Looking through the materials in the archives here at the Settlement School, I often think about the various ways that the physical landscape of a place influences the people who live there. And as a folklorist, I tend to pay attention to the ways that landscape–both the natural and the built–is reflected in the traditional, expressive cultural practices of communities. So I was excited when I came across this ink drawing in the archives last week.
The handwriting on the back of the drawing is a bit hard to read, but from what I can make out, it was drawn in 1932 by Bill Cobb, the nephew of poet Ann Cobb who taught at the Settlement School for over 40 years. The drawing depicts a pump house along with Eastover, the boys dormitory that was built in 1911 and demolished in the late 1960s. I was struck by all of the detailed linework in the piece, and how the scene mirrors the current season outside our office windows—the trees having nearly dropped all their lives in the cooling Fall temperatures.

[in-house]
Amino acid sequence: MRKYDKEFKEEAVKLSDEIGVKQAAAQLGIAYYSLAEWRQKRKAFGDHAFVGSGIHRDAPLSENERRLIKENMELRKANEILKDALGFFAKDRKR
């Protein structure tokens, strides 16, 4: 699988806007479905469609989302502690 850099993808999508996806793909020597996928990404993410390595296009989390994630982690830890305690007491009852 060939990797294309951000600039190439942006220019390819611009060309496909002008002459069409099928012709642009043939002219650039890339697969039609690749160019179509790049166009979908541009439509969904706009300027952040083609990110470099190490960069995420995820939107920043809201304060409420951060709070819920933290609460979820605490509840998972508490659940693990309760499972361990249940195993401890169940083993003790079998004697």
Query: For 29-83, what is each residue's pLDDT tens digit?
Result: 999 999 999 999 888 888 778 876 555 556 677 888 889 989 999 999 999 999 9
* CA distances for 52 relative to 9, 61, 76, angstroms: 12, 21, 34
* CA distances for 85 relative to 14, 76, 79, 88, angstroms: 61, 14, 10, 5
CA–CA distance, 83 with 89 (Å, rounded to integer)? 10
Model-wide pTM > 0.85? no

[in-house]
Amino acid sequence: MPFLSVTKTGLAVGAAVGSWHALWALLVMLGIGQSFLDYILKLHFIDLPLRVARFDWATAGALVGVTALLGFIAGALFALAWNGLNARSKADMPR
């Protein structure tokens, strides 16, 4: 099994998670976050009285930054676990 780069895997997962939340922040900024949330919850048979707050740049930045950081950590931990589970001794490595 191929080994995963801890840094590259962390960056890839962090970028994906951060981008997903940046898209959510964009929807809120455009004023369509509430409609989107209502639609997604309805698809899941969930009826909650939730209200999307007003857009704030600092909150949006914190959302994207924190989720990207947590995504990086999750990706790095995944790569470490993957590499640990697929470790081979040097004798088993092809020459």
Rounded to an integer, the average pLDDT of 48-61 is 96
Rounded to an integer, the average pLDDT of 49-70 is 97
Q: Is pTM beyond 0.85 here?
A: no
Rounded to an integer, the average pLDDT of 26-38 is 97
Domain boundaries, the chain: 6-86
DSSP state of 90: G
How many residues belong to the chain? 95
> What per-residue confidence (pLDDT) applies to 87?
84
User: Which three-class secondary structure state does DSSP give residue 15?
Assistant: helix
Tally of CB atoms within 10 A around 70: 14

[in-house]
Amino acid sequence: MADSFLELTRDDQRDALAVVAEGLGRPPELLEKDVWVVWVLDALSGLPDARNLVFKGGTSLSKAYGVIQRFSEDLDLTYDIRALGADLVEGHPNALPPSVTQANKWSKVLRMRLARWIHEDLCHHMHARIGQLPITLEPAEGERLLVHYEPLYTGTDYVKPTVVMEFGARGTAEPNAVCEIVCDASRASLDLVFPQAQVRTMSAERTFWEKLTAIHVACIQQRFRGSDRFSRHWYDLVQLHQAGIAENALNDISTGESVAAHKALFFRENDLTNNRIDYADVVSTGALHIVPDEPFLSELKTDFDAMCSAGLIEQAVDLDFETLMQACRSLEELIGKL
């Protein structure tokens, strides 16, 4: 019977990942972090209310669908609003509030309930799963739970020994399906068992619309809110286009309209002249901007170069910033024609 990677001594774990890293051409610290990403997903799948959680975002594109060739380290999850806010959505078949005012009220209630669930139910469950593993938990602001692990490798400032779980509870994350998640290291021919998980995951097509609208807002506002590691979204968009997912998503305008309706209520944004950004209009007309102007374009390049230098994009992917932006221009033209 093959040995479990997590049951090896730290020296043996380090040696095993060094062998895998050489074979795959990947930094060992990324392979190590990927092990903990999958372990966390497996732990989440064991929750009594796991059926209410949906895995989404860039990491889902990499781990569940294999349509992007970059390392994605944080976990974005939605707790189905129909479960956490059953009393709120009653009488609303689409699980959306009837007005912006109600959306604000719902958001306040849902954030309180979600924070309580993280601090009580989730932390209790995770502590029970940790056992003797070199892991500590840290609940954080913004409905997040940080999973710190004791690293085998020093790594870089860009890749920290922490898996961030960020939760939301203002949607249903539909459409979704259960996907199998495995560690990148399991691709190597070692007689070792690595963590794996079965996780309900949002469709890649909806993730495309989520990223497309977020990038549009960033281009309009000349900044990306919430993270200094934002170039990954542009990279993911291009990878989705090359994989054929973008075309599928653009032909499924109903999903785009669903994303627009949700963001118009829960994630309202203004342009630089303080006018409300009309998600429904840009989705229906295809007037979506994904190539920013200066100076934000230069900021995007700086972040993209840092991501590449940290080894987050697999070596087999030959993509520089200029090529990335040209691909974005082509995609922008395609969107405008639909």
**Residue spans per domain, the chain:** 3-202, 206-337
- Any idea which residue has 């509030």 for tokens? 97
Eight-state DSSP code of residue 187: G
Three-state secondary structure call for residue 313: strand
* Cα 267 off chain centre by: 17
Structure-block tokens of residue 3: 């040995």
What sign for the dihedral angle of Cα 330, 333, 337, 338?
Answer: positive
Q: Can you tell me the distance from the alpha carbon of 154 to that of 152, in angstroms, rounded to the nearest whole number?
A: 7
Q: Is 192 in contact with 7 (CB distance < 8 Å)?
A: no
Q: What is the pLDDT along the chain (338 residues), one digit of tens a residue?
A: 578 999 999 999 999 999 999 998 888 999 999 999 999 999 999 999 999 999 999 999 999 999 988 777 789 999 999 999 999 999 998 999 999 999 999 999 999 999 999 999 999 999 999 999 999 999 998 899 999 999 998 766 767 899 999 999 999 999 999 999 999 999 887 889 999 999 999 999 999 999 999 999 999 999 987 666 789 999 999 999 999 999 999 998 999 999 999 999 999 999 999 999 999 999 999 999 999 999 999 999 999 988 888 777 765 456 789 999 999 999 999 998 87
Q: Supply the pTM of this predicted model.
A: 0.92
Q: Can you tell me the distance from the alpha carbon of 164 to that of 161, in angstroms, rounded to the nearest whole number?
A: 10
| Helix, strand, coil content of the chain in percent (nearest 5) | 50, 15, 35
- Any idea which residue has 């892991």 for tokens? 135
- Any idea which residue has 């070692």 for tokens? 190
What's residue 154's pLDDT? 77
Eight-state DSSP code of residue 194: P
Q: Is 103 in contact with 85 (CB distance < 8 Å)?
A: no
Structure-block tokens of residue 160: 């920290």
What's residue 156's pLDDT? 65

There is also certainly a strong tradition here of writing songs and poems about the landscape. I thought I’d end by sharing a poem by Ann Cobb called “A Tide on Troublesome Creek” from her book Kinfolks. Similar to her nephew Bill Cobb, Ann gives us some insight into the ways people find creative inspiration from the land and the built environments that surround them.
Thank you for reading this update! Additionally, if you have any specific topic you would like us to cover in our future blogs (ex. Hindman High School, Hindman Settlement School in its earlier years, Eastern Kentucky cultural or regional topics, etc.) please email me, Nicole Musgrave at firstname.lastname@example.org! I would love to help share what you are interested in learning about from our region and organization’s history, so feel free to reach out!